Saturday, October 11, 2008
The New York Times reports that an advocacy group is suing over an Oklahoma law that prohibits a woman from having an abortion unless she first has an ultrasound and the doctor describes to her what the fetus looks like. The New York Times writes,
In the lawsuit filed Thursday in Oklahoma County District Court, the Center for Reproductive Rights says that the requirement intrudes on privacy, endangers health and assaults dignity.
The law, set to go into effect on Nov. 1, would make Oklahoma the fourth state to require that ultrasounds be performed before a woman can have an abortion and that the ultrasounds be made available to the patient for viewing, according to the Guttmacher Institute, a health research organization based in Washington. The other states are Alabama, Louisiana and Mississippi.
Backers of the lawsuit say Oklahoma is the only state to require that the ultrasound screen be turned toward the woman during the procedure and that the doctor describe what is on the screen, including various dimensions of the fetus.
Elizabeth Nash, public policy associate with the Guttmacher Institute, said the Oklahoma law appeared unique in that its intent was that the woman seeking an abortion view the ultrasound images.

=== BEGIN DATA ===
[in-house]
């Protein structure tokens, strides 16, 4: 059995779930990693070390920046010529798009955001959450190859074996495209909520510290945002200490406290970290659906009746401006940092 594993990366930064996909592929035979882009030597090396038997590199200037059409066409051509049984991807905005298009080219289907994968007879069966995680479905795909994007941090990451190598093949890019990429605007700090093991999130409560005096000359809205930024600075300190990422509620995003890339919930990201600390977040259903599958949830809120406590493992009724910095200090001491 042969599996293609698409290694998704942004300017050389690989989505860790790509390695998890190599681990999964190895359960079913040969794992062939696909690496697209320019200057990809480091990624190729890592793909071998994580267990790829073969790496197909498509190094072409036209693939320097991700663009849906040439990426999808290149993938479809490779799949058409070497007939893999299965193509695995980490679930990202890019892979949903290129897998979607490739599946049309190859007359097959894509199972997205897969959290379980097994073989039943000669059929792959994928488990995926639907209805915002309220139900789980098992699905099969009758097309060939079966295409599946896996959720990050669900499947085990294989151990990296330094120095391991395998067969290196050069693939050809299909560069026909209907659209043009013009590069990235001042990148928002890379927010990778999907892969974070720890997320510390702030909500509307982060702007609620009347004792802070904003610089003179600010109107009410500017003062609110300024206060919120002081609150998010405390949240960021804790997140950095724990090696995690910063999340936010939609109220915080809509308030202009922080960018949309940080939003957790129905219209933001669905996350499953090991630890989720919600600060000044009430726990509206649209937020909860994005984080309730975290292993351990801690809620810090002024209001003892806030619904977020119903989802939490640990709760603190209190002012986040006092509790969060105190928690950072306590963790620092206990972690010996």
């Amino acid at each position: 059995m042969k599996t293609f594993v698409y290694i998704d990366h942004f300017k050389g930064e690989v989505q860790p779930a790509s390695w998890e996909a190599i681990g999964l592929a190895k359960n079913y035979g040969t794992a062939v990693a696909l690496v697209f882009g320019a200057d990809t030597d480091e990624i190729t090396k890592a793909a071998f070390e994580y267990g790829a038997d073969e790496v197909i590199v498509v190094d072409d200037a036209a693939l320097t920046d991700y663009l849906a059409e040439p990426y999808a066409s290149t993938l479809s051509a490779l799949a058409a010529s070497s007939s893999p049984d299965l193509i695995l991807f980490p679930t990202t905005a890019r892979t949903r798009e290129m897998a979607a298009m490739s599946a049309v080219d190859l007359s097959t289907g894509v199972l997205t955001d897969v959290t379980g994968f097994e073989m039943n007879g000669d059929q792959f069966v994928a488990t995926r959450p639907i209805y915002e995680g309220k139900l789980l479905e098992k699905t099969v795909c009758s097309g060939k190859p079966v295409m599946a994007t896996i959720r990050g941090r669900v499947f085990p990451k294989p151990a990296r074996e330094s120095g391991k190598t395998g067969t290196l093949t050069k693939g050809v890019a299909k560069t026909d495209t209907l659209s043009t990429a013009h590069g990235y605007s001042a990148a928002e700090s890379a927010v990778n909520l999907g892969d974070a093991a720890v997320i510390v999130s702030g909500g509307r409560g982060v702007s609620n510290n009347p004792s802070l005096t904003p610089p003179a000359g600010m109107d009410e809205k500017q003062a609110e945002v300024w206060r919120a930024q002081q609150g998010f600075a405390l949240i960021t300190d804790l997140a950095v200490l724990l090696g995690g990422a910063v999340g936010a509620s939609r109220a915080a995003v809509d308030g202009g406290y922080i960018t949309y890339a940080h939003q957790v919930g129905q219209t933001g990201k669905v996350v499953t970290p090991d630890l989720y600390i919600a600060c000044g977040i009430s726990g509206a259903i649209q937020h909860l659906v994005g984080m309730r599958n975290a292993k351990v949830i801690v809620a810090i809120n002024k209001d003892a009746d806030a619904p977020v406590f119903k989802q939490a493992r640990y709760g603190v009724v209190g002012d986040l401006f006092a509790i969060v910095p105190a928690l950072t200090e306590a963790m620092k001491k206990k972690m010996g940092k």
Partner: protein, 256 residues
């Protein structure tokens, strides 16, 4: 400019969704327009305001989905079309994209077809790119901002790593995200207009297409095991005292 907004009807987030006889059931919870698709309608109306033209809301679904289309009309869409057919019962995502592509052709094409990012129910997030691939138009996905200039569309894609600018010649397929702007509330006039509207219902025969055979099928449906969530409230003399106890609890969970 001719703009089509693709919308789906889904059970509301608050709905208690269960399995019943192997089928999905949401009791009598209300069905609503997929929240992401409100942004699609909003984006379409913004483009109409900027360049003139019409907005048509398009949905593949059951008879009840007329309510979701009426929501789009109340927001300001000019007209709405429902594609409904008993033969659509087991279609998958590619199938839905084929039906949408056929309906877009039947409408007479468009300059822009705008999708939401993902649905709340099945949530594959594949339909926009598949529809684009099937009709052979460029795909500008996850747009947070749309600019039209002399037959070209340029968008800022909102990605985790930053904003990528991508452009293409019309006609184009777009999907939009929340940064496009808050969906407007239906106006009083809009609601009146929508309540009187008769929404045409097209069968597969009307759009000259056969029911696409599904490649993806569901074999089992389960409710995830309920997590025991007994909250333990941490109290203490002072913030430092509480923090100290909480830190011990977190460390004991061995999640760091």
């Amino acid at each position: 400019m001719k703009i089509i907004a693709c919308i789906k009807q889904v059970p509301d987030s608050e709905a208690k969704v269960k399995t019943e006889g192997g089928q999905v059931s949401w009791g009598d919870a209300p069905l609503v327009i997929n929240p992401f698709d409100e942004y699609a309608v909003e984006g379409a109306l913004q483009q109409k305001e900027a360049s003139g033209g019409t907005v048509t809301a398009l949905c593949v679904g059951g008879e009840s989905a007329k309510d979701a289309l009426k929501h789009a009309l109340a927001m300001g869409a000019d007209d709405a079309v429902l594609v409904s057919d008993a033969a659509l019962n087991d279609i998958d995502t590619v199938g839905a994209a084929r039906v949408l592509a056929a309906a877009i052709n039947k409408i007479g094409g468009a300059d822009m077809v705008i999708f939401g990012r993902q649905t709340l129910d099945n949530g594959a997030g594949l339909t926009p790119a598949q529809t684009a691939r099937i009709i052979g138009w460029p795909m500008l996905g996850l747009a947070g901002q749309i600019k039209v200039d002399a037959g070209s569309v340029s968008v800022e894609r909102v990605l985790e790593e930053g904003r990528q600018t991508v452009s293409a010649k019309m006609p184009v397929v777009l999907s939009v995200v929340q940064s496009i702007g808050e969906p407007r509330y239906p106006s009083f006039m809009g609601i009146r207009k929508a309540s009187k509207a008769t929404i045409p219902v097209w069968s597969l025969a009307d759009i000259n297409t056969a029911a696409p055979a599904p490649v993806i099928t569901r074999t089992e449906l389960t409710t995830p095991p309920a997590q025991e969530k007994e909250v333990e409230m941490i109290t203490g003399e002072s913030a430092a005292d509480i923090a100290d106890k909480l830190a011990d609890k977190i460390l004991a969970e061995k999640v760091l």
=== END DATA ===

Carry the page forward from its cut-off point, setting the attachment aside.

Lawmakers overrode Gov. Brad Henry’s veto to pass the anti-abortion legislation in April. Mr. Henry, a Democrat, said he vetoed the bill because it did not exempt victims of rape or incest from the ultrasound requirement.
State Senator Todd Lamb, a Republican, said supporters of the law hoped that it would curtail abortions in the state.
“I introduced the bill because I wanted to encourage life in society,” Mr. Lamb said. “In Oklahoma, society is on the side of life.”
Mr. Lamb said he believed the lawsuit would stand a constitutional test. He disagreed with arguments that it forces a woman to view the ultrasound. The law says women may avert their eyes during the ultrasound.
“This bill provides more information to a mother,” he said.
The lawsuit against the state was filed on behalf of Nova Health Systems, doing business as Reproductive Services in Tulsa.
One provision of the law prohibits women from collecting damages based on claims that a baby born with defects would have been better off aborted. Abortion rights activists have said they fear that the provision could allow doctors to withhold information about abnormalities in the fetus that could lead to complications after birth.
“Anti-choice activists will stop at nothing to prevent a woman from getting an abortion, but trying to manipulate a woman’s decisions about her own life and health goes beyond the pale,” said Stephanie Toti, staff lawyer in the U.S. Legal Program of the Center for Reproductive Rights and lead lawyer on the case.
“Governments should stop playing doctor and leave medical determinations to physicians and health decisions to individuals,” Ms. Toti said.